This was predicted a long time ago, so, it shouldn’t be a surprise. There are “record numbers” of Latinos in schools and colleges today, according to the Pew Hispanic Center. I’m of the opinion that Republicans sure saw this coming, since they have sliced and diced state K-12 and higher education budgets as this phenomena while occurring.
Although we see the population shifting in K-12 schools to a point where Latinos are a majority in some school districts, it is at colleges and universities where we notice an important data point.
The number of 18- to 24-year-old Latinos in college topped 2 million in 2011, accounting for 16.5% of all enrollments, according to a report by the Pew Hispanic Center. The number means Latino representation in U.S. colleges and universities is on par with the percentage of Latinos among the U.S. population, also 16.5%.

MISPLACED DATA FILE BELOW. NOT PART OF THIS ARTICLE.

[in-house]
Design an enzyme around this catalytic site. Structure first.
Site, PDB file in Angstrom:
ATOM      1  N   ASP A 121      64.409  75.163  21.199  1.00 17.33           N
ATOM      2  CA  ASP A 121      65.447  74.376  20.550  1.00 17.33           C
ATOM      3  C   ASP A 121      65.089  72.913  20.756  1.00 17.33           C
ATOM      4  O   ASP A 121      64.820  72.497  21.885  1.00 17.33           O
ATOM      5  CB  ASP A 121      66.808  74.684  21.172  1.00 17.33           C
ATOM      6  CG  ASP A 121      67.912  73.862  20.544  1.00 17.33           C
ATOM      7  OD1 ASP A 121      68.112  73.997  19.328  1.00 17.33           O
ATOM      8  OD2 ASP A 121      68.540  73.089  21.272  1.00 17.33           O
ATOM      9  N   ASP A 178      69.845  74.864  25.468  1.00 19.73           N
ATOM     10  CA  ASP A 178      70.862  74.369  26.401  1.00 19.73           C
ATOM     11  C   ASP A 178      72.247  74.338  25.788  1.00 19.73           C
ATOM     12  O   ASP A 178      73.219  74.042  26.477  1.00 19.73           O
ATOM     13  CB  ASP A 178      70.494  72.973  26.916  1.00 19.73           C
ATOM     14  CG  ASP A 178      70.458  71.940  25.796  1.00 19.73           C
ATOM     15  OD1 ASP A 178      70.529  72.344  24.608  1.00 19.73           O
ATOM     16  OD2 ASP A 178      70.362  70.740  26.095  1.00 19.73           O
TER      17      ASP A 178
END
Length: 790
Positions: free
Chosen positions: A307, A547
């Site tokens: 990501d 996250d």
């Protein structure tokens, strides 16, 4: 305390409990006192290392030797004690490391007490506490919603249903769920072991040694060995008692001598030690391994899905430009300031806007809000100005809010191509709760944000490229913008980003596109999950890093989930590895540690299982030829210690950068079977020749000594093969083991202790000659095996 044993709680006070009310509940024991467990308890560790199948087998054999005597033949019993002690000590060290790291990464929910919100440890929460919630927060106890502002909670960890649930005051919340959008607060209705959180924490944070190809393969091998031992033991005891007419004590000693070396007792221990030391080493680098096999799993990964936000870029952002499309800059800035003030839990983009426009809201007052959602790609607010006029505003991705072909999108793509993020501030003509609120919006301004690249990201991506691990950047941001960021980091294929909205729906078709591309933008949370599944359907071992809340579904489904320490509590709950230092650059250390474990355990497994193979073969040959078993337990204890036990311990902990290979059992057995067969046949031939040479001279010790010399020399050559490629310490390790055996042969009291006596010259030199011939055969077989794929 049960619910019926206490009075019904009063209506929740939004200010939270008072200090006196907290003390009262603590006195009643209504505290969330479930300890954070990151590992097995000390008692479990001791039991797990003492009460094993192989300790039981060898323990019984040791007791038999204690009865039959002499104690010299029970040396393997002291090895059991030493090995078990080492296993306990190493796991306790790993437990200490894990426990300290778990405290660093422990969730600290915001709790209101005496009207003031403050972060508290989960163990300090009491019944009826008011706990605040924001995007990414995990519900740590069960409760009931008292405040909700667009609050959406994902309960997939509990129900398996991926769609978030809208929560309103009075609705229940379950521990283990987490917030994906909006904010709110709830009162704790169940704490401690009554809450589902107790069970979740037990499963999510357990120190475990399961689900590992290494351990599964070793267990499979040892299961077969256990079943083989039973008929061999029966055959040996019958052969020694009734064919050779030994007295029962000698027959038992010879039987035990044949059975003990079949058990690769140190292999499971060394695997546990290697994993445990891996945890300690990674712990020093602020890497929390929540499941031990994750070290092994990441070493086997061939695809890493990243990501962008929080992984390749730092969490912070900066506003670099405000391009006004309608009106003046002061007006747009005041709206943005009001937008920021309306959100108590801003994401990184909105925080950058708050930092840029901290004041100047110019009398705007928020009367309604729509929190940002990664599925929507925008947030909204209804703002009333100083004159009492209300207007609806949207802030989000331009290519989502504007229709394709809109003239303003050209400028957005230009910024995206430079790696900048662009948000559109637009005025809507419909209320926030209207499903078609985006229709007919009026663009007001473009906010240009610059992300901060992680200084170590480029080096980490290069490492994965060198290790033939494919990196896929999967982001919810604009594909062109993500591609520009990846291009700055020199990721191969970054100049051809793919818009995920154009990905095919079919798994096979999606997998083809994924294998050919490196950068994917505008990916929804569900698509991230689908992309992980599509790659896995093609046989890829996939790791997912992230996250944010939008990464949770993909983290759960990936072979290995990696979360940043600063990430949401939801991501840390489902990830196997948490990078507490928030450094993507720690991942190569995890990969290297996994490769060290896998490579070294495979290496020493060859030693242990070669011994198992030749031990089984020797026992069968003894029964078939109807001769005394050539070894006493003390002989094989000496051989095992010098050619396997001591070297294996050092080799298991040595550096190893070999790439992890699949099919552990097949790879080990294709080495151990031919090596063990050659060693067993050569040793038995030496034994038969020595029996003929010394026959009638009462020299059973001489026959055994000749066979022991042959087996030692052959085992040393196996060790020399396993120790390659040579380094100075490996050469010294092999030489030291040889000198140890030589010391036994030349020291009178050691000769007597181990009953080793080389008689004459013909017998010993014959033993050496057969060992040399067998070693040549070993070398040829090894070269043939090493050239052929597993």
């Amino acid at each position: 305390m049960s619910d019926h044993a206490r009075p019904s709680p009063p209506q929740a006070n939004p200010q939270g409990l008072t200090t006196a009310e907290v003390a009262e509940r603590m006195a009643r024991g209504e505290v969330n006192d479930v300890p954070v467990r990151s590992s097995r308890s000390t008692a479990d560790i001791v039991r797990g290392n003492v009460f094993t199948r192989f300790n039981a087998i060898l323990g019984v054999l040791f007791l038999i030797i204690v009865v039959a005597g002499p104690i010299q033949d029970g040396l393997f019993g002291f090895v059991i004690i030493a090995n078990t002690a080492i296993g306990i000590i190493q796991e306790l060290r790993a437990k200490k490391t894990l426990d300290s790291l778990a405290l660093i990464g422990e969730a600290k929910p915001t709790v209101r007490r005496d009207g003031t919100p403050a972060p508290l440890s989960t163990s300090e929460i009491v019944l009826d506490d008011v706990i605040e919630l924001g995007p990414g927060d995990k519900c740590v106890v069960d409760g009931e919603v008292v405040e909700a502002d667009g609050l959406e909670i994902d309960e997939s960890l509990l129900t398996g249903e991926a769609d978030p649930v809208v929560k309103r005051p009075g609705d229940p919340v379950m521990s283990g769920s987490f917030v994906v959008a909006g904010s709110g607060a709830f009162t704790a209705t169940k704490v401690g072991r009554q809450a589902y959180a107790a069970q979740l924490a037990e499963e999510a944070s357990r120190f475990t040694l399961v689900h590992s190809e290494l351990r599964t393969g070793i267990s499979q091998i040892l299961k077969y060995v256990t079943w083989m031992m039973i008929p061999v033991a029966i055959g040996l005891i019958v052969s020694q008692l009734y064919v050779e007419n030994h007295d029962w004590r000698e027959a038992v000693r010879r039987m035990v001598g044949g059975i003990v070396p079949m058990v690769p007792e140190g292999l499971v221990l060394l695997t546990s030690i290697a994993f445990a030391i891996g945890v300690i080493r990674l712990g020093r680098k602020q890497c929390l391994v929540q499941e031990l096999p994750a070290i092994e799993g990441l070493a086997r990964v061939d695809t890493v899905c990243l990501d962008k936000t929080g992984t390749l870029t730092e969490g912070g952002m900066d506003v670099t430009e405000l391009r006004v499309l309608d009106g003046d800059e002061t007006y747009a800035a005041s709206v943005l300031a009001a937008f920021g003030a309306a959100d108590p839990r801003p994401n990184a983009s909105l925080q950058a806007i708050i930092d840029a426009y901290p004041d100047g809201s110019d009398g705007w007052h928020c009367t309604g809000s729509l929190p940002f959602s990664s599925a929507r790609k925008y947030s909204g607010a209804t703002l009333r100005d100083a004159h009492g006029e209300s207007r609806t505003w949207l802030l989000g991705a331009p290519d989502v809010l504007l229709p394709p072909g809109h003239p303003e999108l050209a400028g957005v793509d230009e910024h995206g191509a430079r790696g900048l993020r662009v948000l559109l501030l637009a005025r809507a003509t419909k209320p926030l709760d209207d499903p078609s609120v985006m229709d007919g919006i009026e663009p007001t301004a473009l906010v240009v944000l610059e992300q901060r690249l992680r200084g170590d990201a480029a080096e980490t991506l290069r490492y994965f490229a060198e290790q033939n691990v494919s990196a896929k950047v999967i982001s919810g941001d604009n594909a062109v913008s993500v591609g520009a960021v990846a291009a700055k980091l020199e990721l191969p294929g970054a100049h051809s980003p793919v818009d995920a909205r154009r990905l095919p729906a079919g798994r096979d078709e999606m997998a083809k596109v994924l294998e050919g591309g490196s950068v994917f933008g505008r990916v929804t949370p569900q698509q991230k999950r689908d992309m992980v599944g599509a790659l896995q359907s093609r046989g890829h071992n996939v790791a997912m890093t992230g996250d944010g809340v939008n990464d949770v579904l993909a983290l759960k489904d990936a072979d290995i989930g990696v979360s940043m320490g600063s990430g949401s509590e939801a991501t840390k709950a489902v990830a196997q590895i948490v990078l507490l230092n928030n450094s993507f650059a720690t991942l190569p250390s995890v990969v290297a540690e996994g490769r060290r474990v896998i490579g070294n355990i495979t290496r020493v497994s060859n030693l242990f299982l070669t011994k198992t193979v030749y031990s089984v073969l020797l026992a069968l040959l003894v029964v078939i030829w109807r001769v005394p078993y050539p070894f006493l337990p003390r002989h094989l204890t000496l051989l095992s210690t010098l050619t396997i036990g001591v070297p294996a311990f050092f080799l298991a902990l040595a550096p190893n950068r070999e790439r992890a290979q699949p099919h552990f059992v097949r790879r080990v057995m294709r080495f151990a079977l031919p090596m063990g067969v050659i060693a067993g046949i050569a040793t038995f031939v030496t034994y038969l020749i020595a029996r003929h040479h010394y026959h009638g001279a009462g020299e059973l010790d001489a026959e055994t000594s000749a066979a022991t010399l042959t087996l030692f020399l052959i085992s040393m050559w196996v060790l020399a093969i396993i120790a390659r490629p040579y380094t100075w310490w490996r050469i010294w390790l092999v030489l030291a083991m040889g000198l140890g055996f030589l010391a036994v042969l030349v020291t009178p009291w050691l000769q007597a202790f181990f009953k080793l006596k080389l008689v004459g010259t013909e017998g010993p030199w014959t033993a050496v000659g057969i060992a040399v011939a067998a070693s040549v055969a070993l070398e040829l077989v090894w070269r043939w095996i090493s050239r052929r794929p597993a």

The population shift will surely affect future enrollment at colleges and universities; however, to what degree?
Governor Rick Perry and the Republicans are forcing schools and universities to make more drastic budget cuts. These cuts will affect college-going and school-to-workforce type of programs. One-third of Texas university students are already in developmental (remedial) courses to play catch-up, while half of community college students are in similar courses. The challenges of college readiness will more than likely affect future enrollment and degree completion numbers. And college readiness does not only affect Latinos, but all students.
The “record numbers” reported by Pew show the potential for America’s future workforce, if only they would be taken seriously by Republican legislators when it comes to budget allocations. The 2013 Texas legislative session will have those of us who support public education fighting harder for what is right.
One thing is for sure: If the politicians aren’t even discussing college readiness (and workforce prep), then they are missing most of the point of effectively funding K-12 and higher education.